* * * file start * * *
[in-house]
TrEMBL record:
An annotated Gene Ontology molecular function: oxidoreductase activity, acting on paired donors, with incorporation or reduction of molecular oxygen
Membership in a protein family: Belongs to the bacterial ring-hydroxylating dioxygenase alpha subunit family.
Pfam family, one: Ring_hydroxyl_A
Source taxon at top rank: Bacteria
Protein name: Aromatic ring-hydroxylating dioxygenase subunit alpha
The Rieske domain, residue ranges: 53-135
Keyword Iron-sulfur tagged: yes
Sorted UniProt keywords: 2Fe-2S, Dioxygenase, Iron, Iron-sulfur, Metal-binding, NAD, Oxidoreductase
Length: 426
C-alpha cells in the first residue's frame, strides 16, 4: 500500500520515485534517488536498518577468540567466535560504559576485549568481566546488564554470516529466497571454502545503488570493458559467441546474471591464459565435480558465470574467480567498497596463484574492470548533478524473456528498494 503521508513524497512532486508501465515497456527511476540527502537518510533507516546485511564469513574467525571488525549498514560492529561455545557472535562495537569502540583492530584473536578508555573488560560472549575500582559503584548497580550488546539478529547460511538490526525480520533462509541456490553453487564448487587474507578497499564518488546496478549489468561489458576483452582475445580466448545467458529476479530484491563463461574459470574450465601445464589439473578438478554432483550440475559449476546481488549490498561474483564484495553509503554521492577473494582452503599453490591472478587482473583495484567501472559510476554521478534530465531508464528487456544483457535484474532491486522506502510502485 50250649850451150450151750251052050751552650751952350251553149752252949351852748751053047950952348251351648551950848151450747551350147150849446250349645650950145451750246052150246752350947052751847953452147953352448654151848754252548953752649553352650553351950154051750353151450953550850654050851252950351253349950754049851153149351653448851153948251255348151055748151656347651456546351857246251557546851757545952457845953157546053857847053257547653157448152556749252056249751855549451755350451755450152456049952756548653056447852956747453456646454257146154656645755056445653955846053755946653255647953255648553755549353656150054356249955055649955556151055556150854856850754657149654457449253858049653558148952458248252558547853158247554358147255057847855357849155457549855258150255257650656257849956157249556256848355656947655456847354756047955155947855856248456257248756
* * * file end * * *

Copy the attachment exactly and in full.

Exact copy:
[in-house]
TrEMBL record:
An annotated Gene Ontology molecular function: oxidoreductase activity, acting on paired donors, with incorporation or reduction of molecular oxygen
Membership in a protein family: Belongs to the bacterial ring-hydroxylating dioxygenase alpha subunit family.
Pfam family, one: Ring_hydroxyl_A
Source taxon at top rank: Bacteria
Protein name: Aromatic ring-hydroxylating dioxygenase subunit alpha
The Rieske domain, residue ranges: 53-135
Keyword Iron-sulfur tagged: yes
Sorted UniProt keywords: 2Fe-2S, Dioxygenase, Iron, Iron-sulfur, Metal-binding, NAD, Oxidoreductase
Length: 426
C-alpha cells in the first residue's frame, strides 16, 4: 500500500520515485534517488536498518577468540567466535560504559576485549568481566546488564554470516529466497571454502545503488570493458559467441546474471591464459565435480558465470574467480567498497596463484574492470548533478524473456528498494 503521508513524497512532486508501465515497456527511476540527502537518510533507516546485511564469513574467525571488525549498514560492529561455545557472535562495537569502540583492530584473536578508555573488560560472549575500582559503584548497580550488546539478529547460511538490526525480520533462509541456490553453487564448487587474507578497499564518488546496478549489468561489458576483452582475445580466448545467458529476479530484491563463461574459470574450465601445464589439473578438478554432483550440475559449476546481488549490498561474483564484495553509503554521492577473494582452503599453490591472478587482473583495484567501472559510476554521478534530465531508464528487456544483457535484474532491486522506502510502485 50250649850451150450151750251052050751552650751952350251553149752252949351852748751053047950952348251351648551950848151450747551350147150849446250349645650950145451750246052150246752350947052751847953452147953352448654151848754252548953752649553352650553351950154051750353151450953550850654050851252950351253349950754049851153149351653448851153948251255348151055748151656347651456546351857246251557546851757545952457845953157546053857847053257547653157448152556749252056249751855549451755350451755450152456049952756548653056447852956747453456646454257146154656645755056445653955846053755946653255647953255648553755549353656150054356249955055649955556151055556150854856850754657149654457449253858049653558148952458248252558547853158247554358147255057847855357849155457549855258150255257650656257849956157249556256848355656947655456847354756047955155947855856248456257248756